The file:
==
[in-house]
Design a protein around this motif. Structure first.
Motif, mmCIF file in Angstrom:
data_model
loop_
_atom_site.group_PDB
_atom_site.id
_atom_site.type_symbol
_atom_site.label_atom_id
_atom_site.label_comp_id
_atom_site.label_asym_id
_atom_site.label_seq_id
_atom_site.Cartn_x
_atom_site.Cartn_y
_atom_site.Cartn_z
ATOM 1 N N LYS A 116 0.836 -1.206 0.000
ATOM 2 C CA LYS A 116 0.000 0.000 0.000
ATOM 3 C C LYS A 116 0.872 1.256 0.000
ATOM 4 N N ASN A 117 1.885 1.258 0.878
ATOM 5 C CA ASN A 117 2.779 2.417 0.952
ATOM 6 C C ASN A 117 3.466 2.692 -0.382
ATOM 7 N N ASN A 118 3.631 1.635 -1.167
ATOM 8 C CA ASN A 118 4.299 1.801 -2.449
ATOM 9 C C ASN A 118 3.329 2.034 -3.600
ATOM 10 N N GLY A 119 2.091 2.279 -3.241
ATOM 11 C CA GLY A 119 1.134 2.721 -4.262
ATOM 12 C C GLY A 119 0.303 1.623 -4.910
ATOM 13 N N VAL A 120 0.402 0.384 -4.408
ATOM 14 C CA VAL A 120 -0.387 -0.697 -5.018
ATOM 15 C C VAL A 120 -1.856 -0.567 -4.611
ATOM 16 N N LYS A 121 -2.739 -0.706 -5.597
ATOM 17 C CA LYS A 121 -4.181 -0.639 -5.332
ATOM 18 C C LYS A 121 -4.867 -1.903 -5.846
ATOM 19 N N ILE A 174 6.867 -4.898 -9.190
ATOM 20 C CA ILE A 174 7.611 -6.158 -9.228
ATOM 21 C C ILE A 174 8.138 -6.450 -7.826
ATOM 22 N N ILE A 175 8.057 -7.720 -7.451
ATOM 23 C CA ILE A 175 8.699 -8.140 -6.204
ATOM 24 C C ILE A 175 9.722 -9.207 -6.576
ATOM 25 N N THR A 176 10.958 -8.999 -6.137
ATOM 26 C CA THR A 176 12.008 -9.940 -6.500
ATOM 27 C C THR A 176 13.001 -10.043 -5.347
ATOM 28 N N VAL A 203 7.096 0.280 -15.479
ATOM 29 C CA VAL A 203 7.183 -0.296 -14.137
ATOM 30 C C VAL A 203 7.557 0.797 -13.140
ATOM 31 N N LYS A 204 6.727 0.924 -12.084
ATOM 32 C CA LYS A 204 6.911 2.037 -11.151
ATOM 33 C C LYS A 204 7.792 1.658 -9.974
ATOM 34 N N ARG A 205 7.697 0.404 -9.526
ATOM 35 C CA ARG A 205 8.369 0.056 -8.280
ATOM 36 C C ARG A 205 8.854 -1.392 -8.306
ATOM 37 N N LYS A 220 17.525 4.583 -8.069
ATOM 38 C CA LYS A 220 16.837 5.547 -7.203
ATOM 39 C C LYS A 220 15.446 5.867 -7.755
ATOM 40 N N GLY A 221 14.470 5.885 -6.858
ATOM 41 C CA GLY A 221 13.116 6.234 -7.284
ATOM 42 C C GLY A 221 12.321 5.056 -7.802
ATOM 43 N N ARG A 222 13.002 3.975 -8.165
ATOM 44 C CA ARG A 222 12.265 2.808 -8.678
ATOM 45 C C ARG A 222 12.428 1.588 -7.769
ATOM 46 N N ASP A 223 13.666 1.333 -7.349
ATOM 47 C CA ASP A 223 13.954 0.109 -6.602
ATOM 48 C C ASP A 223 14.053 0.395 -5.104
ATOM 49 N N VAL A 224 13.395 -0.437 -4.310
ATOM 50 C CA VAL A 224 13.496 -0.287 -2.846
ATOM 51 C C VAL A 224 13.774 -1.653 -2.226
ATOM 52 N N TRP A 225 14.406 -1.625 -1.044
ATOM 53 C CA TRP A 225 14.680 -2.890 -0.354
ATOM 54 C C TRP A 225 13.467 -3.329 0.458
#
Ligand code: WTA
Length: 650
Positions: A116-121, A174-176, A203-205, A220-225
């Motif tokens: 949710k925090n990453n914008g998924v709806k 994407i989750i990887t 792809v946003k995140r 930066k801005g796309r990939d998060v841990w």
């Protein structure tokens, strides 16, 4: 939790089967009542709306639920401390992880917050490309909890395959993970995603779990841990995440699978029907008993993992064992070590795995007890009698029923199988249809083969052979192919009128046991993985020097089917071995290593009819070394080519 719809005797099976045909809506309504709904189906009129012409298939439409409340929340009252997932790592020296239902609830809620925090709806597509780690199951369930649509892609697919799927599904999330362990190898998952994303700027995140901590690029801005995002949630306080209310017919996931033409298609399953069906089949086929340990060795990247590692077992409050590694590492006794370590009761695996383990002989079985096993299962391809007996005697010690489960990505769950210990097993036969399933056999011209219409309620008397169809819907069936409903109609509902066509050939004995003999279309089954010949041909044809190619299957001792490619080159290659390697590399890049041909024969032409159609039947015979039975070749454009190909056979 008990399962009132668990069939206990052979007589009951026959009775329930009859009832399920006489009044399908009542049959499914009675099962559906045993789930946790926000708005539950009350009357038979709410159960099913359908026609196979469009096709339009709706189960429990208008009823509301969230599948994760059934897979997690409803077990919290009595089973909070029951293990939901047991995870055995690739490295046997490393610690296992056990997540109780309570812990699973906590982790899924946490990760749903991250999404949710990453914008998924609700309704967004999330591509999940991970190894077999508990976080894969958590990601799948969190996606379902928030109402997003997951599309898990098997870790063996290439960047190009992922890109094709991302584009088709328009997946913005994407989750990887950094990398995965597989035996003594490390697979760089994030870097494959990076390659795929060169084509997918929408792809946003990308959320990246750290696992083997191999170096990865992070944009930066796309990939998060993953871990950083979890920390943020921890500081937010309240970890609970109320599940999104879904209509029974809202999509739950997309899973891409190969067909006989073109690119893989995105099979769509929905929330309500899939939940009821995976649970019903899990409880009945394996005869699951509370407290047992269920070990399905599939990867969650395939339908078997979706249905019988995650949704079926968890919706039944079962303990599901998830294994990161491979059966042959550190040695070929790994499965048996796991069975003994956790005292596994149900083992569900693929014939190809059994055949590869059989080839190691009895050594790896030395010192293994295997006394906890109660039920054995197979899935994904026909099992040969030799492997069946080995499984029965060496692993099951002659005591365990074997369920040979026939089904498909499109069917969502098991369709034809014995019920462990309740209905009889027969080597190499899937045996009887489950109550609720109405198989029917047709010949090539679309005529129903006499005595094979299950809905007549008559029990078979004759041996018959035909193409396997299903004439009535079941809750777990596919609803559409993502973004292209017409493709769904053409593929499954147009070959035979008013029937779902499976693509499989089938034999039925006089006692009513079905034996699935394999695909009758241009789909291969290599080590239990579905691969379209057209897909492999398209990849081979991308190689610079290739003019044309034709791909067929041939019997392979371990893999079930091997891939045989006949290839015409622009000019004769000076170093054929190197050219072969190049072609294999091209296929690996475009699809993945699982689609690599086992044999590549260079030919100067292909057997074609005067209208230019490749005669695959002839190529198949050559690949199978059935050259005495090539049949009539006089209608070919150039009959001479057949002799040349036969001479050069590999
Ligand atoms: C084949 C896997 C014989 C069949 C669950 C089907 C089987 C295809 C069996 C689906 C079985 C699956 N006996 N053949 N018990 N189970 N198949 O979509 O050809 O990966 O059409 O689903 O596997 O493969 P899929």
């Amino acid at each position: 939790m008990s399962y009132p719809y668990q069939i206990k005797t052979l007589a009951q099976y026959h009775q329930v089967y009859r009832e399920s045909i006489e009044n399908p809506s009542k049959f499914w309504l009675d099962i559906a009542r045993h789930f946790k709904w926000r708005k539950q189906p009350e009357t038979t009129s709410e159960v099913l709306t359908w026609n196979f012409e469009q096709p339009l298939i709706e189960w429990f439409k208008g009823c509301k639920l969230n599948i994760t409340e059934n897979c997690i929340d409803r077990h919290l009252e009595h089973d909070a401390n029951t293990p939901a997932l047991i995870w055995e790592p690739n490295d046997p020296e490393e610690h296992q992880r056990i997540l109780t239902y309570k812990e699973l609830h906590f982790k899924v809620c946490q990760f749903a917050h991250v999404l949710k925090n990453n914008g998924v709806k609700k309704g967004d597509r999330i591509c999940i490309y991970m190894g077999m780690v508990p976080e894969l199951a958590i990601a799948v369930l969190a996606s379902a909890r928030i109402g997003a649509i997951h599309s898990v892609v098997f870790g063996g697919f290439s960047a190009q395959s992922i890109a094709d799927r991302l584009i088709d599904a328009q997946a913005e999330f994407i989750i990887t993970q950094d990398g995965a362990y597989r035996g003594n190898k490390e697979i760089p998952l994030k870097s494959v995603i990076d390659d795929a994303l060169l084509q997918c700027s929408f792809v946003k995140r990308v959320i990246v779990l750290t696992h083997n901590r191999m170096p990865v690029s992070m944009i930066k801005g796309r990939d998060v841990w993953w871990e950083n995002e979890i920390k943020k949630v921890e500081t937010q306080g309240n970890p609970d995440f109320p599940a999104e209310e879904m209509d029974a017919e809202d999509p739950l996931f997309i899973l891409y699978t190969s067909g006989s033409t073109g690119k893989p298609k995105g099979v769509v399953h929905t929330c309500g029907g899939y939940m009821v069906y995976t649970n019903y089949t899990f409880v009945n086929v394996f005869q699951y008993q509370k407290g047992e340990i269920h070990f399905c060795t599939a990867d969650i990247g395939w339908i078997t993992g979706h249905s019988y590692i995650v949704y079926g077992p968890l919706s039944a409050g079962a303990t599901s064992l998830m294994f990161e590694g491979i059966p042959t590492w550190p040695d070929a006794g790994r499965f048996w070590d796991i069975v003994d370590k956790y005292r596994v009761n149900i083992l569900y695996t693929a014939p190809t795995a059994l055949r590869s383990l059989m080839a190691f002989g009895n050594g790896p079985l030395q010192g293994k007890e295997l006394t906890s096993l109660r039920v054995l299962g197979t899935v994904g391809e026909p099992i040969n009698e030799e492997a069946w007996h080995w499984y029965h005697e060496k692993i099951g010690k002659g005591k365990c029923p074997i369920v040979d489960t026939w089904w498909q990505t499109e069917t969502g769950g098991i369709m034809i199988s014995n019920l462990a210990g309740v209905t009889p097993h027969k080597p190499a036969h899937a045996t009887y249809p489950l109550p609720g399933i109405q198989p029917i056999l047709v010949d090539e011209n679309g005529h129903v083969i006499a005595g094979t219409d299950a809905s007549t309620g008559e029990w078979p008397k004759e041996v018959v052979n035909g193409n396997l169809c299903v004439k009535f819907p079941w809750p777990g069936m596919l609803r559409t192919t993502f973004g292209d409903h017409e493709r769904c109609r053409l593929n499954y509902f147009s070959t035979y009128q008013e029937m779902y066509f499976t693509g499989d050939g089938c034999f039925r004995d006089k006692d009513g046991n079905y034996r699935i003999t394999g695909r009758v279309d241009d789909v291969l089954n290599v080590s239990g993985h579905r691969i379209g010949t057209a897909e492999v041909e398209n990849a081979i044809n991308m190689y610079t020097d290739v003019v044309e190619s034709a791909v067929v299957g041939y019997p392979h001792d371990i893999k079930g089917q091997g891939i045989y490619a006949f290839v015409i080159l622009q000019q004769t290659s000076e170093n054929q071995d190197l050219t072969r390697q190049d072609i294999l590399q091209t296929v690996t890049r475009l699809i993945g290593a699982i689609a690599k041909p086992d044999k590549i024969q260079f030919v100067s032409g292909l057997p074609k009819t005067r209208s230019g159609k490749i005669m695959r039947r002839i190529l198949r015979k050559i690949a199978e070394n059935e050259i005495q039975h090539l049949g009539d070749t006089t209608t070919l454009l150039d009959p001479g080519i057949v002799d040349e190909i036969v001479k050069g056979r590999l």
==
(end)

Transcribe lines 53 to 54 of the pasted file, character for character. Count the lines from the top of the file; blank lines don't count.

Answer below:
ATOM 38 C CA LYS A 220 16.837 5.547 -7.203
ATOM 39 C C LYS A 220 15.446 5.867 -7.755